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Letter 2659

Darwin, C. R. to Quatrefages de Bréau, J. L. A. de

21 Jan [1860]

    Summary Add

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    Discusses P. T. A. Talandier as possible translator [of Origin].

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    Comments on reception of book in North America and opposition of Louis Agassiz.

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    Asks about reaction of Henri Milne-Edwards.

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    QdeB's lectures on anthropology.

Transcription

Down Bromley Kent

Jan. 21st

My dear Sir

I am sorry to hear that you have been ill, & that you should have had the trouble of writing to me. I thank you cordially for all your great kindness. The gentleman who wishes to translate my Book is M. Talandier, Professor of French at the Royal Military College at Sandhurst. He was a procureur-general, & I imagine is an exile; but I hear on very good authority that he writes a remarkably good style, & is a very clever man. Should he not succeed in getting a Publisher, or for any reason change his mind, I will in that case venture to apply to you again. But I have no reason to doubt his success.

I have heard this morning from N. America that my Book is exciting considerable attention there amongst the naturalists. But I further hear that Agassiz is very savage at it.—

With my most sincere thanks for all your kindness, I remain, with much respect. My dear Sir | Yours very sincerely | C. Darwin

P.S. How I should like to know whether Milne Edwards has read the copy which I sent him & whether he thinks I have made a pretty good case on our side of the question. There is no naturalist in the world for whose opinion, I have so profound a respect. Of course I am not so silly as to expect to change his opinion.—

I did not understand in your former note whether your Lectures on Anthropology are published; but I shall soon know for I have sent to my Bookseller to procure them, if they are published.—

    Footnotes Add

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    f1 2659.f1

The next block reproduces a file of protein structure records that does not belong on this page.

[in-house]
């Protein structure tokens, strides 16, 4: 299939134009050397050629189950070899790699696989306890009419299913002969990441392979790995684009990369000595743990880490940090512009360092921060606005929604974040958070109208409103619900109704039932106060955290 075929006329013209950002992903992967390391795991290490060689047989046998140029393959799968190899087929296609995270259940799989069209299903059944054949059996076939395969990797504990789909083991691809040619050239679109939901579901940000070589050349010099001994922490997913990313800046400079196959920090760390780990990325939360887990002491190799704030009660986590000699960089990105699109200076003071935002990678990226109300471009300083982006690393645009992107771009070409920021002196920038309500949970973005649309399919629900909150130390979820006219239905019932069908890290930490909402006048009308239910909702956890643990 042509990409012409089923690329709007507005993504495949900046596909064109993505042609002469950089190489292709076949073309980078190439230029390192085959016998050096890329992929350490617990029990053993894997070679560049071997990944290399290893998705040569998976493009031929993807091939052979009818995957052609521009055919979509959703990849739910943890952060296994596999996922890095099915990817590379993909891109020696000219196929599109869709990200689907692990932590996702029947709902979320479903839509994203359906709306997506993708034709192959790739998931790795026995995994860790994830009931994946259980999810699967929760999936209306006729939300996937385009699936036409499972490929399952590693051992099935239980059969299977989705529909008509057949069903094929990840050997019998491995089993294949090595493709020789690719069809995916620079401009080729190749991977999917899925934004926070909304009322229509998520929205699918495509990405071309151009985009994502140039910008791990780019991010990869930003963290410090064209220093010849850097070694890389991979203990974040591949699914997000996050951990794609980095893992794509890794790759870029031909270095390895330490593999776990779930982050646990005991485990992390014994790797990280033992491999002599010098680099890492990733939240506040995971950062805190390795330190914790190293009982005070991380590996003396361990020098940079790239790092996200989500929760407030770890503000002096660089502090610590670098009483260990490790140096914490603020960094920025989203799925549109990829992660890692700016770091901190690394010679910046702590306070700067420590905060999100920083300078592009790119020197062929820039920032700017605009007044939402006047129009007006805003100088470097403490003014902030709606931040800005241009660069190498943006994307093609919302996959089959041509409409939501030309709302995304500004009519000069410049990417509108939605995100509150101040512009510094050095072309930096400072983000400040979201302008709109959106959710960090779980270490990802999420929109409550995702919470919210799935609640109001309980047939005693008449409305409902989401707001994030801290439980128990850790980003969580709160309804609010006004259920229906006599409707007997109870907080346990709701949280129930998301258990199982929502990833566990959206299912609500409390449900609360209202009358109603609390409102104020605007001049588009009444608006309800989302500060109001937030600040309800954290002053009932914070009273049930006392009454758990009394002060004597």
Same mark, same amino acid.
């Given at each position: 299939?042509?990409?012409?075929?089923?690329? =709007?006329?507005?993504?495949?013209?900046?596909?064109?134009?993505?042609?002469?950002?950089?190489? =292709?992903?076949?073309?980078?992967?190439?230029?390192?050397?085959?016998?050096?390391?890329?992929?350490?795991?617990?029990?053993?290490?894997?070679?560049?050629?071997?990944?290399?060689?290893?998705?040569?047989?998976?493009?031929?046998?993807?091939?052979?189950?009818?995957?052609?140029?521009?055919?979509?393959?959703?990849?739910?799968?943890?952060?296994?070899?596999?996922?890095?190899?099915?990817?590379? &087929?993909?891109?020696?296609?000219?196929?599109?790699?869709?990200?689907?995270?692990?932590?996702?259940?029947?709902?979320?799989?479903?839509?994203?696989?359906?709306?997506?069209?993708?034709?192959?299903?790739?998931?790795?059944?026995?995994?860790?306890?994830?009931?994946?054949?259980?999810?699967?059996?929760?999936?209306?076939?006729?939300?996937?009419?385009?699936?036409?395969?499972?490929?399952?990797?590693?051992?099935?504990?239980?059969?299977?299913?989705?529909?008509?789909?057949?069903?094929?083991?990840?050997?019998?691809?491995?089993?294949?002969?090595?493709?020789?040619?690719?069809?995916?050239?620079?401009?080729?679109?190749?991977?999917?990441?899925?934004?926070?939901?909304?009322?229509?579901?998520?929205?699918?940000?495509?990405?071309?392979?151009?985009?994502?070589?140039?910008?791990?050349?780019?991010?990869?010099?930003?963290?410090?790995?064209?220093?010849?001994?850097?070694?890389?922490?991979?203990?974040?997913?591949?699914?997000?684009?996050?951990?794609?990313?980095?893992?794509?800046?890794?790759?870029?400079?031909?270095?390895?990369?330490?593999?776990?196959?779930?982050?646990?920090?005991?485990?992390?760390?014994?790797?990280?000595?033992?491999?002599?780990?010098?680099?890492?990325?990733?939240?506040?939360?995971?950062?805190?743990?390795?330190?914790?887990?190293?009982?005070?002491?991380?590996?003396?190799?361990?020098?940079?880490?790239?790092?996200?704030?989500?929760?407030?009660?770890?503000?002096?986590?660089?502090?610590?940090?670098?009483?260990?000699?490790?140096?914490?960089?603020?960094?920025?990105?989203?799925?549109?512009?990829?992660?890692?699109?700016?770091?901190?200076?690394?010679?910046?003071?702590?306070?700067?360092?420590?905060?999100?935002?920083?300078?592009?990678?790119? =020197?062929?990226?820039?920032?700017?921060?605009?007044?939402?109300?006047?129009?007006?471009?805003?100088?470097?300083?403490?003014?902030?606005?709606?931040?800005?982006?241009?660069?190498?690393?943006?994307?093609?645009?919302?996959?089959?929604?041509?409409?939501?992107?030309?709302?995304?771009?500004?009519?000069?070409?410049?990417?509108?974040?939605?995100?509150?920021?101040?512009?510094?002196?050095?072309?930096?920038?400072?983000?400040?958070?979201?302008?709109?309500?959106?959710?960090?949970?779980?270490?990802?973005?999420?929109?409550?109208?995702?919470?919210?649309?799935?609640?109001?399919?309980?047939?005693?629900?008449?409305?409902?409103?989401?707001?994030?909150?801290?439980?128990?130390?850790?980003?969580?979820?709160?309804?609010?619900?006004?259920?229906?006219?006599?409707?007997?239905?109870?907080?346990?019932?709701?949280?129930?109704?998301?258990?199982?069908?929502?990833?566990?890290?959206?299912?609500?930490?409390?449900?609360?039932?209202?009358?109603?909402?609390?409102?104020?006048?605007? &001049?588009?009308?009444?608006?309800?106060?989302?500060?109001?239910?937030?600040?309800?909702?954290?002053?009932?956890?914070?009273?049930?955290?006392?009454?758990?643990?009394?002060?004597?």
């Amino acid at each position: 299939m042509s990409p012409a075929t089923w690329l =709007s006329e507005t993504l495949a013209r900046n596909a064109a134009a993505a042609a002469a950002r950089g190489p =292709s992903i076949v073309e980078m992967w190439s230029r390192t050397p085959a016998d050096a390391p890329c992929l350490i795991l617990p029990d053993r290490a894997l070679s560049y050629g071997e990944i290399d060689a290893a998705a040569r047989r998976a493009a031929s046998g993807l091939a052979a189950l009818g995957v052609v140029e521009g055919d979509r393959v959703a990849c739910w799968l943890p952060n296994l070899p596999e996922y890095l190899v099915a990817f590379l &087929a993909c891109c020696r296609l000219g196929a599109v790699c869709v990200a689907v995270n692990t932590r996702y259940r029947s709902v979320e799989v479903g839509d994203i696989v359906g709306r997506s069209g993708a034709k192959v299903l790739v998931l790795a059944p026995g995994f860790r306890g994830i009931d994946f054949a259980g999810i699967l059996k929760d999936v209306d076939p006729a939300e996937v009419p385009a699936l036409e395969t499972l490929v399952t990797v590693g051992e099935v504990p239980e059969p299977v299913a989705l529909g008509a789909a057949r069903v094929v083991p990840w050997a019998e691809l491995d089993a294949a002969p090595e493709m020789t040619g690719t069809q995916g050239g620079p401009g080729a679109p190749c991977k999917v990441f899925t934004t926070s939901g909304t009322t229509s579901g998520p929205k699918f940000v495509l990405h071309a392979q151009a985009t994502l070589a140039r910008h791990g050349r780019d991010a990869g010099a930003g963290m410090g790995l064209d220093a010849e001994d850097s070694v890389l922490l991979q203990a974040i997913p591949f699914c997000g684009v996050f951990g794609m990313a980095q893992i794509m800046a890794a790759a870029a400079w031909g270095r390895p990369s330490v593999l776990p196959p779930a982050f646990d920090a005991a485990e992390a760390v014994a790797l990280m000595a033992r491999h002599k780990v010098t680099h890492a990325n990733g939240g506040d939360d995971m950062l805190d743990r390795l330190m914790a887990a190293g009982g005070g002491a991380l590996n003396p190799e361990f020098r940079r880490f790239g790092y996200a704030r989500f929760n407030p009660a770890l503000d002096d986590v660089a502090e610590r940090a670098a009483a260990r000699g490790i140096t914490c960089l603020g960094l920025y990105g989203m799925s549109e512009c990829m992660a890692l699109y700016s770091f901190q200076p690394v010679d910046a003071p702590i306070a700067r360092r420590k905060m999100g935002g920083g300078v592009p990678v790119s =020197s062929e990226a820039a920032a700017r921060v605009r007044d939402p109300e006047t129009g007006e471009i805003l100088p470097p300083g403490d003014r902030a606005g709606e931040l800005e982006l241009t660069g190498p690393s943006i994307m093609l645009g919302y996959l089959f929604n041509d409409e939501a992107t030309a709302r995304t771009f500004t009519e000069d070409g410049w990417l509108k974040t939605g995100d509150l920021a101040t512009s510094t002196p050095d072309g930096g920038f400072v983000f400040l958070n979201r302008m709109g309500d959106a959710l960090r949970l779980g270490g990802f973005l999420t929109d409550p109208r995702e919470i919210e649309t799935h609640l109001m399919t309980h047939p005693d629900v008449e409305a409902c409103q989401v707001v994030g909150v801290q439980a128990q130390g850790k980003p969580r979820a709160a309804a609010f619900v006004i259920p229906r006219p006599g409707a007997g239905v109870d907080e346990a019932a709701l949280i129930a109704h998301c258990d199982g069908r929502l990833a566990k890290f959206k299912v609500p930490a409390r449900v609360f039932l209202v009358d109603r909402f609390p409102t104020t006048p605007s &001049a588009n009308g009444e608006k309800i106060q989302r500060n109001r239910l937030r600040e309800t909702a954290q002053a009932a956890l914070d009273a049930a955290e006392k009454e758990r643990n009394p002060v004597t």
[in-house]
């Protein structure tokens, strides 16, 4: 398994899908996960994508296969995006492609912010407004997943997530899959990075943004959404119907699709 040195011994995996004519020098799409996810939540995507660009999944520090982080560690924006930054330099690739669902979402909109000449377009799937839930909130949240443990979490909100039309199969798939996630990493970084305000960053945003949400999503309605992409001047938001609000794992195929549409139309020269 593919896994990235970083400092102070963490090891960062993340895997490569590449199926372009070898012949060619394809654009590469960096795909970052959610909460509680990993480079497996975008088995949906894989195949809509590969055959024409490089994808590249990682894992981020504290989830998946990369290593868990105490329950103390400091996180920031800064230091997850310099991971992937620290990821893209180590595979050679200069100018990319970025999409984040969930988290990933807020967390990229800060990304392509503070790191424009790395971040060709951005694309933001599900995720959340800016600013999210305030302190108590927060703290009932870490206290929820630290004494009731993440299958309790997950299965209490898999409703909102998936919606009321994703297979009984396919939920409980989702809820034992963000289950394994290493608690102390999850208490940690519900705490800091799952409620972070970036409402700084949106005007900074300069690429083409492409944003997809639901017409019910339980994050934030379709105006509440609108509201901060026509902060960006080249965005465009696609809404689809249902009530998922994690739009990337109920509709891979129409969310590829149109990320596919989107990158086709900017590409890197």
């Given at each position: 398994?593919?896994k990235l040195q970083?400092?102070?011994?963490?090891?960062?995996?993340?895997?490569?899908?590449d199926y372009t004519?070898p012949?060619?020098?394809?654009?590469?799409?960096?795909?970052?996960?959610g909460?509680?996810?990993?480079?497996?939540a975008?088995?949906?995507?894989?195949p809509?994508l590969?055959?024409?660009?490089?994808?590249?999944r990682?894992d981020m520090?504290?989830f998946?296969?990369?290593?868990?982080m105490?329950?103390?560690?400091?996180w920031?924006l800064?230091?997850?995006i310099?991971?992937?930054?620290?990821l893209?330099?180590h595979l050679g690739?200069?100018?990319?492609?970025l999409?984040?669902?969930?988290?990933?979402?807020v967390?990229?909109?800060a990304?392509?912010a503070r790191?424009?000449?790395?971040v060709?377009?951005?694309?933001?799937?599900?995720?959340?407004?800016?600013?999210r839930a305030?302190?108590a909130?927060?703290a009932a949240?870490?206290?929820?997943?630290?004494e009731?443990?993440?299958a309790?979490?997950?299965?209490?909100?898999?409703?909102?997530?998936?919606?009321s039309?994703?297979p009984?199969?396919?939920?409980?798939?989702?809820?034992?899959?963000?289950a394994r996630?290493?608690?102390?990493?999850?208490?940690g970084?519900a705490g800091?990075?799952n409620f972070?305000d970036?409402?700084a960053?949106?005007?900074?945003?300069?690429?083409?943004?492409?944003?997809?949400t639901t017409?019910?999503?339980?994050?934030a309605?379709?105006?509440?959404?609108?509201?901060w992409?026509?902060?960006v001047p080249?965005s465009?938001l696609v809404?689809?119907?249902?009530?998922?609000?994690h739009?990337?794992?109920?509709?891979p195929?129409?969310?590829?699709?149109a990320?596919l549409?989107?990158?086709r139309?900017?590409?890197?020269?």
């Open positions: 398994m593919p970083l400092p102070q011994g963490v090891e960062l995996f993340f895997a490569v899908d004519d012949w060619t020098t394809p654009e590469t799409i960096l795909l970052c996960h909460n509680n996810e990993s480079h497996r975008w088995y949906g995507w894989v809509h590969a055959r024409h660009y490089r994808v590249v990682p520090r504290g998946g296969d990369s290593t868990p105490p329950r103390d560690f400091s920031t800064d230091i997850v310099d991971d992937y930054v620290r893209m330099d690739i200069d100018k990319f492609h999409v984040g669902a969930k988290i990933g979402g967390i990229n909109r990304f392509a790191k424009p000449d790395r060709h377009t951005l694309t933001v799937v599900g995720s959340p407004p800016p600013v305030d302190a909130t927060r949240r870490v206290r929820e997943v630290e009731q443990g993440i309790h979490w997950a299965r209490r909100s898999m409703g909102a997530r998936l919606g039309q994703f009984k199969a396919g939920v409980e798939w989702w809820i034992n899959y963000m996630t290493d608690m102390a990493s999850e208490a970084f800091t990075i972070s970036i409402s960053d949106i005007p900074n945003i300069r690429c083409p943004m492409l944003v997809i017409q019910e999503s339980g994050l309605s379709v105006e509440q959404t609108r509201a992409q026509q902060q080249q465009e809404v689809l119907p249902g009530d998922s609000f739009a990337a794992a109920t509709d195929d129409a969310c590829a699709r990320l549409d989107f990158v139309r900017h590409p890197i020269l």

Dated by the reference to a French translation of Origin (see n. 2, below).
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    f2 2659.f2
    Pierre Th´eodore Alfred Talandier had written to CD offering to translate Origin into French (see letters to Edward Cresy, 15 January [1860] and 20 January [1860]). CD had previously asked Quatrefages de Br´eau whether he knew of anyone who might be willing to prepare a French translation (see Correspondence vol. 7, letter to J. L. A. de Quatrefages de Br´eau, 5 December [1859]). Talandier's only published work was as co-author of a radical pamphlet, Lettre au Parlement et ´a la presse (London 1858).
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    f3 2659.f3
    Letter from Asa Gray, [10 January 1860]. See also following letter and letter to Asa Gray, 28 January [1860].
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    f4 2659.f4
    CD corresponded with Henri Milne-Edwards about crustacean embryology and development when he was composing his monograph on Cirripedia, and his work in this area had had a great impact on CD (see Correspondence vol. 4 and Appendix II). As a token of his esteem, CD had dedicated Living Cirripedia (1854) to him. So far as is known, Milne-Edwards never wrote to CD about Origin. In 1867, he discussed the importance of CD's theory for the development of general zoology and was generally positive, although he criticised aspects of the work, particularly the attempt to explain all species change on the basis of natural selection. See Milne-Edwards 1867, pp. 420--32.
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    f5 2659.f5
    Quatrefages de Br´eau's letter of 19 November 1859 has not been found, but see Correspondence vol. 7, letter to J. L. A. Quatrefages de Br´eau, 5 December [1859]. Quatrefages de Br´eau was appointed professor of the natural history of man at the Mus´eum d'histoire naturelle in Paris in 1855. His lectures on anthropology were published in Quatrefages de Br´eau 1867--8.
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